Somalia's various political factions and the Transitional National Government (TNG) on Thursday signed a landmark agreement after days of delay and disagreement.
After days of bargaining, the leaders of the Somali groups meeting in a hotel in the Kenyan capital, Nairobi, reached agreement over the number and mode of selection of the members of a future interim parliament, a source from the Inter-Governmental Authority on Development (IGAD), which is coordinating the talks, told IRIN on Tuesday.
The agreement comes after more 14 months of talks aimed at establishing an all-inclusive, recognised national government.
Kenyan Foreign Minister Kalonzo Musyoka was quoted as saying on Thursday that there would be a functional government in Somalia within a month.
Musyoka's involvement was said to have been critical to reaching the agreement. "He spent untold hours in the Safari Park Hotel, shuttling from one leader's room to another. I don't think it would be an exaggeration to say that without his direct involvement we would not be here," Asha Haji Ilmi, a civil society leader and one of the signatories to today's agreement, told IRIN on Thursday.
Asha said that she hoped that the signing would mark "the beginning of our of country's long nightmare. We have been given a golden opportunity by our neighbors and the international community to help ourselves. We should not lose it."
She also drew attention to the fact that this had been the first time in Somalia's history that a peace agreement had been signed by a woman. "I think today Somali women crossed a bridge and there is no turning back. We are full partners in the process," she stressed.
The leaders reportedly agreed on amendments to a controversial interim charter which was adopted in July last year by the delegates, but rejected as "flawed" by the TNG and some factions.
A statement issued at the time by the conference organisers said the delegates had agreed that parliament would comprise 351 members; the life of the transitional parliament would be four years. MPs would be selected by the political leaders - who had been party to the Declaration on the Cessation of Hostilities signed in Eldoret on 27 October 2002 - and by politicians originally officially invited by the IGAD's Technical Committee in consultation with the traditional leaders.
The compromise amendments reduce the number of MPs to 275, with 12 percent of seats set aside for women. The selection of MPs is also specified in the proposed compromise as designed "to address the concerns" of those who had rejected the July agreement. Selection will now be effected by clan political leaders and must be endorsed by "recognised traditional elders". The life of the transitional parliament is now raised to five years.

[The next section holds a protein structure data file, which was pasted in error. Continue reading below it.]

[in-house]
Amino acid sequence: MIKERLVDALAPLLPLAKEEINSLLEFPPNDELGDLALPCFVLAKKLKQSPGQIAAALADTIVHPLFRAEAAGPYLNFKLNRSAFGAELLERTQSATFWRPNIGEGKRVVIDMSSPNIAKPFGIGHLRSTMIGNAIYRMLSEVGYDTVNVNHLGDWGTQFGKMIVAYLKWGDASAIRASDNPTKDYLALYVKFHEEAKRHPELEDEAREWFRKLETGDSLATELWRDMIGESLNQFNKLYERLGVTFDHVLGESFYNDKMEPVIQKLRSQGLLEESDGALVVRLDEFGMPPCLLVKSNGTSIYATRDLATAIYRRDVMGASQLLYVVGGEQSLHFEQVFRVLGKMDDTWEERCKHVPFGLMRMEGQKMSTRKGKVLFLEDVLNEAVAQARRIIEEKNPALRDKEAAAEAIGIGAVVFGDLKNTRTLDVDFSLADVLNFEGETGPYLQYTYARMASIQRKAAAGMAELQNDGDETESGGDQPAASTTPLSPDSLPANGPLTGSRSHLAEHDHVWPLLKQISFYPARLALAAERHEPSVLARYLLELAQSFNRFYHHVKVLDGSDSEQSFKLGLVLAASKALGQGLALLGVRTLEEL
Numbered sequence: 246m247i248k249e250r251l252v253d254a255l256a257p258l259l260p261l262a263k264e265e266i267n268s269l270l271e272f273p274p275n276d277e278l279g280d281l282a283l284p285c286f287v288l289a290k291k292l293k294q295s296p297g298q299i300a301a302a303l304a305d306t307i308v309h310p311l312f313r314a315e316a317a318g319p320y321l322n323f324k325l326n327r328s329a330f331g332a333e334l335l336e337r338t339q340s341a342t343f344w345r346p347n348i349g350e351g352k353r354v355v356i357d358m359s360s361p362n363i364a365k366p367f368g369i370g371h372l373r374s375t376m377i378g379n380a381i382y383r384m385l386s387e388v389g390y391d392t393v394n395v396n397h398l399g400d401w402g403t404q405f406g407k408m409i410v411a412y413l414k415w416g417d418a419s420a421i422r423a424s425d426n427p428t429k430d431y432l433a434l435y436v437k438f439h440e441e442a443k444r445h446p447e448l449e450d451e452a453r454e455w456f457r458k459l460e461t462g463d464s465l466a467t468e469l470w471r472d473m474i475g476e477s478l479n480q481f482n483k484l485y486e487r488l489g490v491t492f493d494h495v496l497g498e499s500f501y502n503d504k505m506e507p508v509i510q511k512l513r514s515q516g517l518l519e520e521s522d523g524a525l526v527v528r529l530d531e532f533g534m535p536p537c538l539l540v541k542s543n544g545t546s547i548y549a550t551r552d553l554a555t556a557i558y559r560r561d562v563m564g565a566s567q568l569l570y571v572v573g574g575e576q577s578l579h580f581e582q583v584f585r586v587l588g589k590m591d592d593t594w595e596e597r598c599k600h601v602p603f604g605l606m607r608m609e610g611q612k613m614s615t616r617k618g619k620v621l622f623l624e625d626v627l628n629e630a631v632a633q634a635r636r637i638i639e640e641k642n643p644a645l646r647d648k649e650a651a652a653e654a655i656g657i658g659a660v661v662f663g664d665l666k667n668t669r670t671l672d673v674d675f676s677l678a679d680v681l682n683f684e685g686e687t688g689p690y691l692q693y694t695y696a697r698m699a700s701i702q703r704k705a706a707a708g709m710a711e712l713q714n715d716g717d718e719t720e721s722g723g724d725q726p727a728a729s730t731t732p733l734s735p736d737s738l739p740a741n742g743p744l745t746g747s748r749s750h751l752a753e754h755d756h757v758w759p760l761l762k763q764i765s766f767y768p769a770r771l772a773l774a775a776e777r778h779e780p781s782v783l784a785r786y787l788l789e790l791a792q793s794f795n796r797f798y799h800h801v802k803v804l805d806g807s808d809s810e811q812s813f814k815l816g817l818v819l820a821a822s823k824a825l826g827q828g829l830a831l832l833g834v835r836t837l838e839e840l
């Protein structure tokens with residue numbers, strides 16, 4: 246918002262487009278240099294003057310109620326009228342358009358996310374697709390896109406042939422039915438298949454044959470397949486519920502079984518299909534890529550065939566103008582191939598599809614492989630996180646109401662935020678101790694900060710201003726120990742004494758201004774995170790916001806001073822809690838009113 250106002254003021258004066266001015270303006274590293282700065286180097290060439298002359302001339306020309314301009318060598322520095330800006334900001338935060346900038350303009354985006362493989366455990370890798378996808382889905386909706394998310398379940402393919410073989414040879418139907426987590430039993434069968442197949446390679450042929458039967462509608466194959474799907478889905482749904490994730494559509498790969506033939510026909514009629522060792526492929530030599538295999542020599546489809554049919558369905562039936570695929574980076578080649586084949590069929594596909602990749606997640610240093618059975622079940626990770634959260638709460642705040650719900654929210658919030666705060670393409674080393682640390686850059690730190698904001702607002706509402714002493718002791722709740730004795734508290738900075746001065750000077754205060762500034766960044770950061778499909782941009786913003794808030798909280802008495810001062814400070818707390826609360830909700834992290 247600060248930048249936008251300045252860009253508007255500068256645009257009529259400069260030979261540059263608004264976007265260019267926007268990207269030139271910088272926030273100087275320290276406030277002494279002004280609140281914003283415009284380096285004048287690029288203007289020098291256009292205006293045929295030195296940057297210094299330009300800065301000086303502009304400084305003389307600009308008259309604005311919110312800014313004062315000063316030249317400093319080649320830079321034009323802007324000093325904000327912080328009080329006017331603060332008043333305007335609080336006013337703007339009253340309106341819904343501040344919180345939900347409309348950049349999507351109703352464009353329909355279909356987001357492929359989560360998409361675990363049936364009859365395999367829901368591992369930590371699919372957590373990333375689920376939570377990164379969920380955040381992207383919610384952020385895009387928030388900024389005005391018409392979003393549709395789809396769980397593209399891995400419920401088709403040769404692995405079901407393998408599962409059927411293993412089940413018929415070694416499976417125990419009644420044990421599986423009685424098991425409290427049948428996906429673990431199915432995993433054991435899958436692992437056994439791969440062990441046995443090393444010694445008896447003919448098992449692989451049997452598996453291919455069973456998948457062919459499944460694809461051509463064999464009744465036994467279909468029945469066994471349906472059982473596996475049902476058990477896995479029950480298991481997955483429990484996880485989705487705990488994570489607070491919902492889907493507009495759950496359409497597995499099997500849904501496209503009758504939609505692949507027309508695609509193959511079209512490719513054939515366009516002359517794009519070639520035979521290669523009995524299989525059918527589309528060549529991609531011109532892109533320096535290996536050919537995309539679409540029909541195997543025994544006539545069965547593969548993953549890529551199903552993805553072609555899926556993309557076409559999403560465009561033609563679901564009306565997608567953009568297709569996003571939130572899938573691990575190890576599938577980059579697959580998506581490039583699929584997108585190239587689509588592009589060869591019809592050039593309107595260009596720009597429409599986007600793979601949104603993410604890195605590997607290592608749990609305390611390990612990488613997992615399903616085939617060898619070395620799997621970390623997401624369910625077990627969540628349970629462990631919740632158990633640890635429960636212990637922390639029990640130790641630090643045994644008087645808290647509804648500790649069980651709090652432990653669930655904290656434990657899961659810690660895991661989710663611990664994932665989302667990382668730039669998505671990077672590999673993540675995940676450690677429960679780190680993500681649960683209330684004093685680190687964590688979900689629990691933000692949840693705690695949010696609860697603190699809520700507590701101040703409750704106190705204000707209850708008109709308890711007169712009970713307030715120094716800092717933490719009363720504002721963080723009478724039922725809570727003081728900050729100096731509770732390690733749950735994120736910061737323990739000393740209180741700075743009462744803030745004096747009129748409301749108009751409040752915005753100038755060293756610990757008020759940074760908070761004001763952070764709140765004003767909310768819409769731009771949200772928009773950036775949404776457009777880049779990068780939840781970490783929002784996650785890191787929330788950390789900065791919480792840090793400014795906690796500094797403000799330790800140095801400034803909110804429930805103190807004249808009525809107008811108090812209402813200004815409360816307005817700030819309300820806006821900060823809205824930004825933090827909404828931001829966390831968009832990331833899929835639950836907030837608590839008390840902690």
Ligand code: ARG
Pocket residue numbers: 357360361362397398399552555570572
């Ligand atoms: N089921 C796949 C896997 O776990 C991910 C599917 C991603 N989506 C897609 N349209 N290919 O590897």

The leaders agreed that these amendments would come into force after the conference's plenary adopted them and after their endorsement by the Transitional National Assembly in Mogadishu. This was seen as a formality, since all the leaders had agreed to it, a diplomatic source involved in the talks told IRIN. "We expect this to happen by next week," the Kenyan ambassador to Somalia, Muhammad Abdi Affey, told IRIN on Thursday.
Immediately after the agreement was endorsed the talks would move to the third and final stage of the conference, Affey added. In this phase, MPs would be selected "on the basis of the 4.5 formula, the clan formula", he said.
According to this formula, Somalia's four major clans will each select 60 MPs, and an alliance of small clans will select 35. The task of dividing the seats along subclan lines is left to each group. "This could be a very long process, since each subclan wants to get what it considers to be its fair share of the seats," one Somali delegate, who requested anonymity, warned.
But Affey was more upbeat. "We expect the clans to submit the names of their MPs within 21 days. Parliament will be constituted and the MPs will elect a president, who will in turn appoint a prime minister," he said.
Affey told IRIN that a ceremony would be held in Nairobi at which the TNG would "officially hand over to the newly elected government".
But an international observer involved in the talks was more cautious. "Let's not talk about a timetable now. We have definitely achieved an important goal and we should build on it. What we need to do now is not to lose the momentum," he said. He cautioned that the selection of MPs and the election of a president would take time, "but that is fine so long as it is a transparent process".